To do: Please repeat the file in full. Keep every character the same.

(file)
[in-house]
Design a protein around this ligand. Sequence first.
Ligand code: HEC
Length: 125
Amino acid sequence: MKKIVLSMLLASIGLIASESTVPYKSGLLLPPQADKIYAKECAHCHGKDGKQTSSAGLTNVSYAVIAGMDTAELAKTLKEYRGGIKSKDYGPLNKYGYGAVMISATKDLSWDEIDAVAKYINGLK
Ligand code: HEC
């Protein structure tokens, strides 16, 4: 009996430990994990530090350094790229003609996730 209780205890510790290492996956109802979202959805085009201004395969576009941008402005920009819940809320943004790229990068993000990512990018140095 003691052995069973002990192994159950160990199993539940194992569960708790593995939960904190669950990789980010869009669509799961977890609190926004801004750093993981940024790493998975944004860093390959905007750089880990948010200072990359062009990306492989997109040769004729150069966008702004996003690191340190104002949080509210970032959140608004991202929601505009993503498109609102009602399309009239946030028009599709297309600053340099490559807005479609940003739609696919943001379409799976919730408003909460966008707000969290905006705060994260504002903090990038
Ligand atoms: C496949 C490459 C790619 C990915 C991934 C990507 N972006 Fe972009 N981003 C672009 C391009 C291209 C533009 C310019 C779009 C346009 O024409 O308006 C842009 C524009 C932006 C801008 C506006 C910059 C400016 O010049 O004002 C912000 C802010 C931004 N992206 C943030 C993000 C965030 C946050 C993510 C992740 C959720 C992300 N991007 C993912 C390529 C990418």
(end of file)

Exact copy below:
[in-house]
Design a protein around this ligand. Sequence first.
Ligand code: HEC
Length: 125
Amino acid sequence: MKKIVLSMLLASIGLIASESTVPYKSGLLLPPQADKIYAKECAHCHGKDGKQTSSAGLTNVSYAVIAGMDTAELAKTLKEYRGGIKSKDYGPLNKYGYGAVMISATKDLSWDEIDAVAKYINGLK
Ligand code: HEC
């Protein structure tokens, strides 16, 4: 009996430990994990530090350094790229003609996730 209780205890510790290492996956109802979202959805085009201004395969576009941008402005920009819940809320943004790229990068993000990512990018140095 003691052995069973002990192994159950160990199993539940194992569960708790593995939960904190669950990789980010869009669509799961977890609190926004801004750093993981940024790493998975944004860093390959905007750089880990948010200072990359062009990306492989997109040769004729150069966008702004996003690191340190104002949080509210970032959140608004991202929601505009993503498109609102009602399309009239946030028009599709297309600053340099490559807005479609940003739609696919943001379409799976919730408003909460966008707000969290905006705060994260504002903090990038
Ligand atoms: C496949 C490459 C790619 C990915 C991934 C990507 N972006 Fe972009 N981003 C672009 C391009 C291209 C533009 C310019 C779009 C346009 O024409 O308006 C842009 C524009 C932006 C801008 C506006 C910059 C400016 O010049 O004002 C912000 C802010 C931004 N992206 C943030 C993000 C965030 C946050 C993510 C992740 C959720 C992300 N991007 C993912 C390529 C990418």